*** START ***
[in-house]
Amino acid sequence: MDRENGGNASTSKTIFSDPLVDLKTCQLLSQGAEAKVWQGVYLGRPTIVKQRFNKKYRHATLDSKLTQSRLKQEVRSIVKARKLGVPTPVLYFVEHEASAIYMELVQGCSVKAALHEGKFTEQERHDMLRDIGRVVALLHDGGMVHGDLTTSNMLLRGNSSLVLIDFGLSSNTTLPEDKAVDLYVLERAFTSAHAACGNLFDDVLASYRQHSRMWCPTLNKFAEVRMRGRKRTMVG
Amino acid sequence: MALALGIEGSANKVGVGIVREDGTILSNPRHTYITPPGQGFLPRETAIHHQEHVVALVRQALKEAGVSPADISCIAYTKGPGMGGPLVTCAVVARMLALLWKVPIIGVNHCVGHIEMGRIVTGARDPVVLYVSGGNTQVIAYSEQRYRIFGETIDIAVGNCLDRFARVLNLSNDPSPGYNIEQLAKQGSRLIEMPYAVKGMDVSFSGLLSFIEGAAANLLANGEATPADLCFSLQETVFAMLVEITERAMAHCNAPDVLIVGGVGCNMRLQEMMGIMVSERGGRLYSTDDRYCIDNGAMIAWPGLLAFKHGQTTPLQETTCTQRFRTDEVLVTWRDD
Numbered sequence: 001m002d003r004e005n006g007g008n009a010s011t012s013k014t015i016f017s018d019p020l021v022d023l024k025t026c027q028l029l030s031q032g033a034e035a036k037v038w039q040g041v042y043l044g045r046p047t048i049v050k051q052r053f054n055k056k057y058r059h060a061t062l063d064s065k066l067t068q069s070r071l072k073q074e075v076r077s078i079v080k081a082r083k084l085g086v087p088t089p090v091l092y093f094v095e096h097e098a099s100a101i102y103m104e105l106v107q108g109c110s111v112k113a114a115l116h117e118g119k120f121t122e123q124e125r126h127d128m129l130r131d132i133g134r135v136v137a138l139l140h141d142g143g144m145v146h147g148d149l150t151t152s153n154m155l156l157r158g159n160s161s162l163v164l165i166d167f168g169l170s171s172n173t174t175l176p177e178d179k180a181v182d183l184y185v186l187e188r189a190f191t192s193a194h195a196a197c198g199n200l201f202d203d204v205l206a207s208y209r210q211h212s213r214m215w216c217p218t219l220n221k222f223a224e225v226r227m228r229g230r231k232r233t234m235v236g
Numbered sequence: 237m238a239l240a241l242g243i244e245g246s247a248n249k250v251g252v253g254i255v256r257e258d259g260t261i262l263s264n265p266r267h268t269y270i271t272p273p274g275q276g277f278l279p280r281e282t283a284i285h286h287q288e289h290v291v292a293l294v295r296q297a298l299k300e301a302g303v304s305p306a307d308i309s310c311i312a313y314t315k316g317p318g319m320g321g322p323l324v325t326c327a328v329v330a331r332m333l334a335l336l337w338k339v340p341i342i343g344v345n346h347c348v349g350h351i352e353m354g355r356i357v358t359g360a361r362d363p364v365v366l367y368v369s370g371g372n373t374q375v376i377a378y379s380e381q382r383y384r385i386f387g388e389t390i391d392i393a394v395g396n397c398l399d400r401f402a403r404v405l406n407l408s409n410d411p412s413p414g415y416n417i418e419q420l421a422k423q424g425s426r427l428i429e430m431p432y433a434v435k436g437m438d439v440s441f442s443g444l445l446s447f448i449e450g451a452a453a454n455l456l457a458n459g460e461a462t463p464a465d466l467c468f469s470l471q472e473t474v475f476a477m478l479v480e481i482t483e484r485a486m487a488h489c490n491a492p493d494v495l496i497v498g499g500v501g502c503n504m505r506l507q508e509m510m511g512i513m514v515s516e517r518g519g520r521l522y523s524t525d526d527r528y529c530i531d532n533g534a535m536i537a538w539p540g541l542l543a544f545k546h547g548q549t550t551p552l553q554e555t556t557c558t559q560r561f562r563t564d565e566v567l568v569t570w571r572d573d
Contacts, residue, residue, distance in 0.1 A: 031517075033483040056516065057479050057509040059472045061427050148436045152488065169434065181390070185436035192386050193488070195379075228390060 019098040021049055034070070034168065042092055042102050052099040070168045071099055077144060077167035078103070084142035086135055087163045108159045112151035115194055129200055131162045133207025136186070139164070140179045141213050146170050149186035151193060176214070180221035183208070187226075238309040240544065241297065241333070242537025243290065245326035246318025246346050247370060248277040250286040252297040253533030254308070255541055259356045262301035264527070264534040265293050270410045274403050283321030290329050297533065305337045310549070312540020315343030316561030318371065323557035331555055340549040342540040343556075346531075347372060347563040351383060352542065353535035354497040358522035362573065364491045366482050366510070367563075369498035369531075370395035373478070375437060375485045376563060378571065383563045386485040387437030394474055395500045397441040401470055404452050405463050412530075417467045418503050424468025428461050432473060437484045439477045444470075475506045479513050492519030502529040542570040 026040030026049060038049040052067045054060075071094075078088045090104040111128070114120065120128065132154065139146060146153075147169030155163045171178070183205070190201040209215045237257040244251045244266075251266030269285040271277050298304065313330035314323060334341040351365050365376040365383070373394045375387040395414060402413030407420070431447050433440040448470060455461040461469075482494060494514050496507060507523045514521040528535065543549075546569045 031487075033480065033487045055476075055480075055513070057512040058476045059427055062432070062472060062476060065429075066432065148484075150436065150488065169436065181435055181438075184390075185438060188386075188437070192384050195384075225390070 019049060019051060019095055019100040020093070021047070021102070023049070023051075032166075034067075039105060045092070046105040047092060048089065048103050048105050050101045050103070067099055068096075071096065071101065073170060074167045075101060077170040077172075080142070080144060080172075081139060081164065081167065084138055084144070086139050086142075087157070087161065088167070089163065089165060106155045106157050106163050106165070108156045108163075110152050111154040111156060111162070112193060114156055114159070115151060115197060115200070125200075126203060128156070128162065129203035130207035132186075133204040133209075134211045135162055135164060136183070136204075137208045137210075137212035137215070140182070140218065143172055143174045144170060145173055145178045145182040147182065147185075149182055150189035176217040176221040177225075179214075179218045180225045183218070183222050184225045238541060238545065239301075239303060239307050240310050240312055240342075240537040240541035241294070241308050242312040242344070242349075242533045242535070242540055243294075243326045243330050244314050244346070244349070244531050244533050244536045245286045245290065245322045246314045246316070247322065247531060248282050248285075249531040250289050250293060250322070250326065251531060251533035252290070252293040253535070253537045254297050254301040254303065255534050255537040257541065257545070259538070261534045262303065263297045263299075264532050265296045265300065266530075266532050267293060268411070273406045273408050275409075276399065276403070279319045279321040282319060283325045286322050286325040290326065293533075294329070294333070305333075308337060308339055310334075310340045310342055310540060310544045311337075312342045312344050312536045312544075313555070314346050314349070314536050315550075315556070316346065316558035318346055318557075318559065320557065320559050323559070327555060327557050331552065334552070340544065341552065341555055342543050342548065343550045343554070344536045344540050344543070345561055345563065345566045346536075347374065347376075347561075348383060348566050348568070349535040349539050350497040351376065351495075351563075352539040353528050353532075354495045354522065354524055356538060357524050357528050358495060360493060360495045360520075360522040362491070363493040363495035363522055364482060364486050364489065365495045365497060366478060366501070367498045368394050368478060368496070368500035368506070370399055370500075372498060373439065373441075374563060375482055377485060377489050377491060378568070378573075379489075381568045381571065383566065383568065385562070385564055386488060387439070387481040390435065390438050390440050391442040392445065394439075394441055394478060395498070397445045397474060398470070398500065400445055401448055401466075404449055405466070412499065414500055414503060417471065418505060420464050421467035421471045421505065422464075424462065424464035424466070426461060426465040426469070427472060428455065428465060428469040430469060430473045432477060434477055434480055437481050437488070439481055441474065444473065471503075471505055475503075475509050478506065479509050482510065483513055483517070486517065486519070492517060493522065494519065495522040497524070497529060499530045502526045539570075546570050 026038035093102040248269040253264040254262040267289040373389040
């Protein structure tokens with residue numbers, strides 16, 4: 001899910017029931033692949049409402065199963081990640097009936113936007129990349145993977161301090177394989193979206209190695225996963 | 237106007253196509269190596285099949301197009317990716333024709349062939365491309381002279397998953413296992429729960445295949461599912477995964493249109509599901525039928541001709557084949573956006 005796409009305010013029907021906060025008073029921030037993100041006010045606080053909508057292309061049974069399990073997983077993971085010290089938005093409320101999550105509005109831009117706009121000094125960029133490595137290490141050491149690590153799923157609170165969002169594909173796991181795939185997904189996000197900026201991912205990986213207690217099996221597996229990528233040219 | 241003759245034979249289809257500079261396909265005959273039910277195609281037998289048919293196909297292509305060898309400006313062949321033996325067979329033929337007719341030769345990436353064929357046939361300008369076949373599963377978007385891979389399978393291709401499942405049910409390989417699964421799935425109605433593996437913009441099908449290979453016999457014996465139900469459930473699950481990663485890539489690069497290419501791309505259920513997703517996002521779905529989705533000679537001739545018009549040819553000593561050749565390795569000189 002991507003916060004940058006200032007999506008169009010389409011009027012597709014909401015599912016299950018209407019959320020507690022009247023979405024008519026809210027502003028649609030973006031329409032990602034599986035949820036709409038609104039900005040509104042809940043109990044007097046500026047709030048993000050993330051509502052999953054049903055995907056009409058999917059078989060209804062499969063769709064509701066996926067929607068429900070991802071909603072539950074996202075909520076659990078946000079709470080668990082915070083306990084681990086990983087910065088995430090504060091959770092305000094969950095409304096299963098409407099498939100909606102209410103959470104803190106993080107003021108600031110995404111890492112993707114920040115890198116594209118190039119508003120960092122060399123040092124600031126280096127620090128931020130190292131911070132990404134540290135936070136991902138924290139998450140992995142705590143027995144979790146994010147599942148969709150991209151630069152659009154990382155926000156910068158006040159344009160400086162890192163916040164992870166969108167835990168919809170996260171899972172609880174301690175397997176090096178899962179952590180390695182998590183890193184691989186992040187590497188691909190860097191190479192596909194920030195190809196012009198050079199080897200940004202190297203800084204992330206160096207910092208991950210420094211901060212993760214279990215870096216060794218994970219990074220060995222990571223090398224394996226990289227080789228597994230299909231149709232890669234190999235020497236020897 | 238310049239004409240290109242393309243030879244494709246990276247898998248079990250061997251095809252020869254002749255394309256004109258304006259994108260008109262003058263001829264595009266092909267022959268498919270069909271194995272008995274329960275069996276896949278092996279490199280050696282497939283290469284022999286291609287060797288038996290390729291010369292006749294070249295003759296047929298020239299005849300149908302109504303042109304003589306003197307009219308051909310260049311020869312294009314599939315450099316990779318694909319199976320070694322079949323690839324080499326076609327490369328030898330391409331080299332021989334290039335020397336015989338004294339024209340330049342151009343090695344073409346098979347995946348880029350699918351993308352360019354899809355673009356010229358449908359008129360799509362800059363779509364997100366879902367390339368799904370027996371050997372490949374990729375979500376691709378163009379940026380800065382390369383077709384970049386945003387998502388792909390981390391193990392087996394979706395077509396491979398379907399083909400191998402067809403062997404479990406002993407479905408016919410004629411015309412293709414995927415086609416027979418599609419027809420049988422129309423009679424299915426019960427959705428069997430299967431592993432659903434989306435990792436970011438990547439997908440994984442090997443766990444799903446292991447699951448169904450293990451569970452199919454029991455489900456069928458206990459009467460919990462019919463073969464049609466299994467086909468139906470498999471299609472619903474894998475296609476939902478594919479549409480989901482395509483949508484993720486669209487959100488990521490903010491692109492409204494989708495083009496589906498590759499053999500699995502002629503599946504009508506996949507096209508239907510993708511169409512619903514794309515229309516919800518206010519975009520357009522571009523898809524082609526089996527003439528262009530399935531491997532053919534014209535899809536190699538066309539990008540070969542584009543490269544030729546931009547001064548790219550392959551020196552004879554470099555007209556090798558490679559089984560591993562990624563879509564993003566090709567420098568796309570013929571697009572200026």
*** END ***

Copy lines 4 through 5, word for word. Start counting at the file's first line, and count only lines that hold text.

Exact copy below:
Numbered sequence: 001m002d003r004e005n006g007g008n009a010s011t012s013k014t015i016f017s018d019p020l021v022d023l024k025t026c027q028l029l030s031q032g033a034e035a036k037v038w039q040g041v042y043l044g045r046p047t048i049v050k051q052r053f054n055k056k057y058r059h060a061t062l063d064s065k066l067t068q069s070r071l072k073q074e075v076r077s078i079v080k081a082r083k084l085g086v087p088t089p090v091l092y093f094v095e096h097e098a099s100a101i102y103m104e105l106v107q108g109c110s111v112k113a114a115l116h117e118g119k120f121t122e123q124e125r126h127d128m129l130r131d132i133g134r135v136v137a138l139l140h141d142g143g144m145v146h147g148d149l150t151t152s153n154m155l156l157r158g159n160s161s162l163v164l165i166d167f168g169l170s171s172n173t174t175l176p177e178d179k180a181v182d183l184y185v186l187e188r189a190f191t192s193a194h195a196a197c198g199n200l201f202d203d204v205l206a207s208y209r210q211h212s213r214m215w216c217p218t219l220n221k222f223a224e225v226r227m228r229g230r231k232r233t234m235v236g
Numbered sequence: 237m238a239l240a241l242g243i244e245g246s247a248n249k250v251g252v253g254i255v256r257e258d259g260t261i262l263s264n265p266r267h268t269y270i271t272p273p274g275q276g277f278l279p280r281e282t283a284i285h286h287q288e289h290v291v292a293l294v295r296q297a298l299k300e301a302g303v304s305p306a307d308i309s310c311i312a313y314t315k316g317p318g319m320g321g322p323l324v325t326c327a328v329v330a331r332m333l334a335l336l337w338k339v340p341i342i343g344v345n346h347c348v349g350h351i352e353m354g355r356i357v358t359g360a361r362d363p364v365v366l367y368v369s370g371g372n373t374q375v376i377a378y379s380e381q382r383y384r385i386f387g388e389t390i391d392i393a394v395g396n397c398l399d400r401f402a403r404v405l406n407l408s409n410d411p412s413p414g415y416n417i418e419q420l421a422k423q424g425s426r427l428i429e430m431p432y433a434v435k436g437m438d439v440s441f442s443g444l445l446s447f448i449e450g451a452a453a454n455l456l457a458n459g460e461a462t463p464a465d466l467c468f469s470l471q472e473t474v475f476a477m478l479v480e481i482t483e484r485a486m487a488h489c490n491a492p493d494v495l496i497v498g499g500v501g502c503n504m505r506l507q508e509m510m511g512i513m514v515s516e517r518g519g520r521l522y523s524t525d526d527r528y529c530i531d532n533g534a535m536i537a538w539p540g541l542l543a544f545k546h547g548q549t550t551p552l553q554e555t556t557c558t559q560r561f562r563t564d565e566v567l568v569t570w571r572d573d